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Data from: Choosing wavelet methods, filters, and lengths for functional brain network construction

Citation

Zhang, Zitong et al. (2017), Data from: Choosing wavelet methods, filters, and lengths for functional brain network construction, Dryad, Dataset, https://doi.org/10.5061/dryad.86n40

Abstract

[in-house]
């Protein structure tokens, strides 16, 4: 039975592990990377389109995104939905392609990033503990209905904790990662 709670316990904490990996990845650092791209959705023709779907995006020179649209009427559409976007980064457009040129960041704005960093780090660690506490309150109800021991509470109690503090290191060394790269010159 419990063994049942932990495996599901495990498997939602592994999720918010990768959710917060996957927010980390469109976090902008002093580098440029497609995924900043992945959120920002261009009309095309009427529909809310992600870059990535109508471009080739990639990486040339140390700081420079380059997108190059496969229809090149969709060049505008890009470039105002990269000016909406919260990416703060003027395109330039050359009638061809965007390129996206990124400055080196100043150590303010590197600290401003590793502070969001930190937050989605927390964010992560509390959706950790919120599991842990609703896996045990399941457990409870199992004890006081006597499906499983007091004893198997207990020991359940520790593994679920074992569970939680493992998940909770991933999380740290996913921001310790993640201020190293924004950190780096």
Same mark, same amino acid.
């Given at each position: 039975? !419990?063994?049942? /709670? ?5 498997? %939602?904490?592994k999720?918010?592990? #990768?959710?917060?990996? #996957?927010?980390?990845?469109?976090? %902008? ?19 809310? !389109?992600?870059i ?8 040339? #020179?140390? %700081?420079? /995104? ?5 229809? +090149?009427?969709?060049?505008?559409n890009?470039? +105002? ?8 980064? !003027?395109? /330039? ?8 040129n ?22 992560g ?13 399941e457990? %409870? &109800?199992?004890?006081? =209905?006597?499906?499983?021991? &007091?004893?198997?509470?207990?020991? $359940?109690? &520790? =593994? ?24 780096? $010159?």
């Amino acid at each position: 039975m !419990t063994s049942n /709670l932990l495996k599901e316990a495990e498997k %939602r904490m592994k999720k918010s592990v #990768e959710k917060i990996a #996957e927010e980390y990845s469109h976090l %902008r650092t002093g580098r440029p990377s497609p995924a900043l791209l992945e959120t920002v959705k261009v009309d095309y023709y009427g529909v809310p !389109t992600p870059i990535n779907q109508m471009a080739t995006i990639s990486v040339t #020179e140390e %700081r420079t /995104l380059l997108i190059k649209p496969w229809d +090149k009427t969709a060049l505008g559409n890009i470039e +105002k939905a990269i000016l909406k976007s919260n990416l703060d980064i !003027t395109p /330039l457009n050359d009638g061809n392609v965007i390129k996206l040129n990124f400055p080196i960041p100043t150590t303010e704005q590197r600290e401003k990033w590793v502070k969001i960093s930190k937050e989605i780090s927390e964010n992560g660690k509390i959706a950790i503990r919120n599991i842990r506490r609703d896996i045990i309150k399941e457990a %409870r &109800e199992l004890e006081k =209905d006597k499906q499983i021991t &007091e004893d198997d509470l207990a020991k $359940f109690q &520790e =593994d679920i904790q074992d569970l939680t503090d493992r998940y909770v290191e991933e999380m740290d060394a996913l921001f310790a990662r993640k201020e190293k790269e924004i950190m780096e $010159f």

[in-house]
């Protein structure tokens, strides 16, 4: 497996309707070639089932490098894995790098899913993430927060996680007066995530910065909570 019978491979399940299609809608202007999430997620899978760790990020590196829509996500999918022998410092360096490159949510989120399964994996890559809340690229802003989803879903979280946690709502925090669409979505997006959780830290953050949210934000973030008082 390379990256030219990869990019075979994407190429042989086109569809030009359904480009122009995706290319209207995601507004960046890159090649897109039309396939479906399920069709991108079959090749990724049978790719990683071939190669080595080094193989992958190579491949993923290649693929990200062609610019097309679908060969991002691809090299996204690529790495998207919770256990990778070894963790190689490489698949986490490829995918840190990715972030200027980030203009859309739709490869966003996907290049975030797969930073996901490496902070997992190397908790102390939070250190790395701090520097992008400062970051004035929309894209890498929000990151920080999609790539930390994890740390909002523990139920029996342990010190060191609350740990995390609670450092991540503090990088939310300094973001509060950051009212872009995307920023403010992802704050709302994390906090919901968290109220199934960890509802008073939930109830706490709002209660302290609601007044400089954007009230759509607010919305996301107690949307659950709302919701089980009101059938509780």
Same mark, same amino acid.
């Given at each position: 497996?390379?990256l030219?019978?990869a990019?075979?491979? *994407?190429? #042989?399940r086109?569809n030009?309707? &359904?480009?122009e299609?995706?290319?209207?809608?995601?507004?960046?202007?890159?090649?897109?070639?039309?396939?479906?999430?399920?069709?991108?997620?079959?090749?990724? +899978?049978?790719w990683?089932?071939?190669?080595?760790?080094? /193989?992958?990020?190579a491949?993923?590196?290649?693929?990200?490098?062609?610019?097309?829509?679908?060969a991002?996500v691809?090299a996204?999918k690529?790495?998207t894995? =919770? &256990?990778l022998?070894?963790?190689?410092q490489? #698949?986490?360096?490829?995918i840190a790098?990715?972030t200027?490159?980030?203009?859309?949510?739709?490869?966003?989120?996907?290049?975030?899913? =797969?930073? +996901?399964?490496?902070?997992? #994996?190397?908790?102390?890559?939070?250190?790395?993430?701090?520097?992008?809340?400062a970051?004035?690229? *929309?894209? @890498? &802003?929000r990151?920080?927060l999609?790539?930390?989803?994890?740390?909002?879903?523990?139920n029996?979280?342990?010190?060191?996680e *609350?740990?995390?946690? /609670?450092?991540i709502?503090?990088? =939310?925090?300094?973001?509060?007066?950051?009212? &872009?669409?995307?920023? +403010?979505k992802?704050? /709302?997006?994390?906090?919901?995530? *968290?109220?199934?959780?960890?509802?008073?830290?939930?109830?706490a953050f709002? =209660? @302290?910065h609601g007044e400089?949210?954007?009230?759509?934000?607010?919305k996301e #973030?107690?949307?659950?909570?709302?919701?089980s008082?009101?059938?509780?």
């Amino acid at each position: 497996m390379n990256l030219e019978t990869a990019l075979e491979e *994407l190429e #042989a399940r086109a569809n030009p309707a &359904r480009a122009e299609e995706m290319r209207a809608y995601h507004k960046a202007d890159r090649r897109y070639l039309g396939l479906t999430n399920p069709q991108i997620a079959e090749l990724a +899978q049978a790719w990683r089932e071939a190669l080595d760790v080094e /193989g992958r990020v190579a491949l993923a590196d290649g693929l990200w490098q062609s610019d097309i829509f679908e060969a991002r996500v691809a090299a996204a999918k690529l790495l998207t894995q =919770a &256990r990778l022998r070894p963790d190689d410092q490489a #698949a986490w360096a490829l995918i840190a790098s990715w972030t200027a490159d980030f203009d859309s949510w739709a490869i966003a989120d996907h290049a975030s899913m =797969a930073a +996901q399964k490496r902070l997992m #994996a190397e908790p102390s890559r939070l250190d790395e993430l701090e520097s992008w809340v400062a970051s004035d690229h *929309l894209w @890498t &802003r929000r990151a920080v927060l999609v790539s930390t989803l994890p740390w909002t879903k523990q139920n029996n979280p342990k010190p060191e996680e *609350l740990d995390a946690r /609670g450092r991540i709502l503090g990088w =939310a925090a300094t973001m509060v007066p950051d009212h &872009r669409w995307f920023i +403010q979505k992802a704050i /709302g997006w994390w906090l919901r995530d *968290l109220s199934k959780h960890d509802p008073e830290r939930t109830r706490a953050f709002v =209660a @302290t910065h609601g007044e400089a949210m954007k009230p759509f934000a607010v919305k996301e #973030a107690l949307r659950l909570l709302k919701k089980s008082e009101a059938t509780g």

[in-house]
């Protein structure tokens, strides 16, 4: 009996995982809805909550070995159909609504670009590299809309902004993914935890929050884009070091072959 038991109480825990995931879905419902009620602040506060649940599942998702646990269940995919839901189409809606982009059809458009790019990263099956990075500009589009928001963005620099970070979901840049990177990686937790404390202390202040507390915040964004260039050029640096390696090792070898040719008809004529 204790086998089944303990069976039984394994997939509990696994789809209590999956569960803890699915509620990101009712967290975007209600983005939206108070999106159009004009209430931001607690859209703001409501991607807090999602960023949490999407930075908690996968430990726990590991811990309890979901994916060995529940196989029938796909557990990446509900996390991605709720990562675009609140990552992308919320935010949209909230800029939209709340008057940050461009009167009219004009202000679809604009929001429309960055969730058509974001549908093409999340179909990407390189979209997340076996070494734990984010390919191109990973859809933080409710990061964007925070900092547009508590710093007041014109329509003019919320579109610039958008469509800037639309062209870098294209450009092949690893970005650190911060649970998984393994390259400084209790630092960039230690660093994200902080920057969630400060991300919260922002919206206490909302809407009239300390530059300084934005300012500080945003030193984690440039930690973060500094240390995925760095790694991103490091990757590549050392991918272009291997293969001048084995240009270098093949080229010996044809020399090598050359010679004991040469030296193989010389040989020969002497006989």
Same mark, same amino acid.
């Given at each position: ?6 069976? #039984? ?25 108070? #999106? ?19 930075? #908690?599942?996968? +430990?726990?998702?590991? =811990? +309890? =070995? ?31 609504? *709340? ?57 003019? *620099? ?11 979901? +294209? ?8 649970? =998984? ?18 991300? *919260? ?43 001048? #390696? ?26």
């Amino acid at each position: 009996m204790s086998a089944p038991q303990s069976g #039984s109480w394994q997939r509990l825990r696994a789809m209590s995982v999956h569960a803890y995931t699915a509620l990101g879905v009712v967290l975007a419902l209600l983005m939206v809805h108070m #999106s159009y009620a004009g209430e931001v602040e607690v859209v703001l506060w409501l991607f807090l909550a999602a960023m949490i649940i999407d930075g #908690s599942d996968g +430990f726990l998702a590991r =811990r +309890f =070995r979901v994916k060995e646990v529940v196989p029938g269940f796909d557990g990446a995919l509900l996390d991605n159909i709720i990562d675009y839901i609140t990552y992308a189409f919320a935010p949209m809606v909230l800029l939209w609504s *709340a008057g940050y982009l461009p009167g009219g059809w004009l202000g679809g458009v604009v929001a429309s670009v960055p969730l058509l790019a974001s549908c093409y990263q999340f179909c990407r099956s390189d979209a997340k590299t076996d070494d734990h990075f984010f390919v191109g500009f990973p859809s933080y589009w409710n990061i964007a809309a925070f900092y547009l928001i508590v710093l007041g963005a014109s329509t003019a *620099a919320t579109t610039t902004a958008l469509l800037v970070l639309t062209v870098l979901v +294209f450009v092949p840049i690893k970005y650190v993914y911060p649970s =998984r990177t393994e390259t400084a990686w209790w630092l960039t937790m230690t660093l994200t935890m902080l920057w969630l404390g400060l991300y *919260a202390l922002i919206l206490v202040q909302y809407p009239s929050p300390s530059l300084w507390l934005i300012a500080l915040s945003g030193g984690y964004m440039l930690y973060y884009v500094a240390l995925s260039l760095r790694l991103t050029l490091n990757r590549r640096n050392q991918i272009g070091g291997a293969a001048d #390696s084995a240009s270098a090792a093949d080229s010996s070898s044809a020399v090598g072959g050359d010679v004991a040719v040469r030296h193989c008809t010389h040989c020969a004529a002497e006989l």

Wavelet methods are widely used to decompose fMRI, EEG, or MEG signals into time series representing neurophysiological activity in fixed frequency bands. Using these time series, one can estimate frequency-band specific functional connectivity between sensors or regions of interest, and thereby construct functional brain networks that can be examined from a graph theoretic perspective. Despite their common use, however, practical guidelines for the choice of wavelet method, filter, and length have remained largely undelineated. Here, we explicitly explore the effects of wavelet method (MODWT vs. DWT), wavelet filter (Daubechies Extremal Phase, Daubechies Least Asymmetric, and Coiflet families), and wavelet length (2 to 24)—each essential parameters in wavelet-based methods—on the estimated values of graph metrics and in their sensitivity to alterations in psychiatric disease. We observe that the MODWT method produces less variable estimates than the DWT method. We also observe that the length of the wavelet filter chosen has a greater impact on the estimated values of graph metrics than the type of wavelet chosen. Furthermore, wavelet length impacts the sensitivity of the method to detect differences between health and disease and tunes classification accuracy. Collectively, our results suggest that the choice of wavelet method and length significantly alters the reliability and sensitivity of these methods in estimating values of metrics drawn from graph theory. They furthermore demonstrate the importance of reporting the choices utilized in neuroimaging studies and support the utility of exploring wavelet parameters to maximize classification accuracy in the development of biomarkers of psychiatric disease and neurological disorders.

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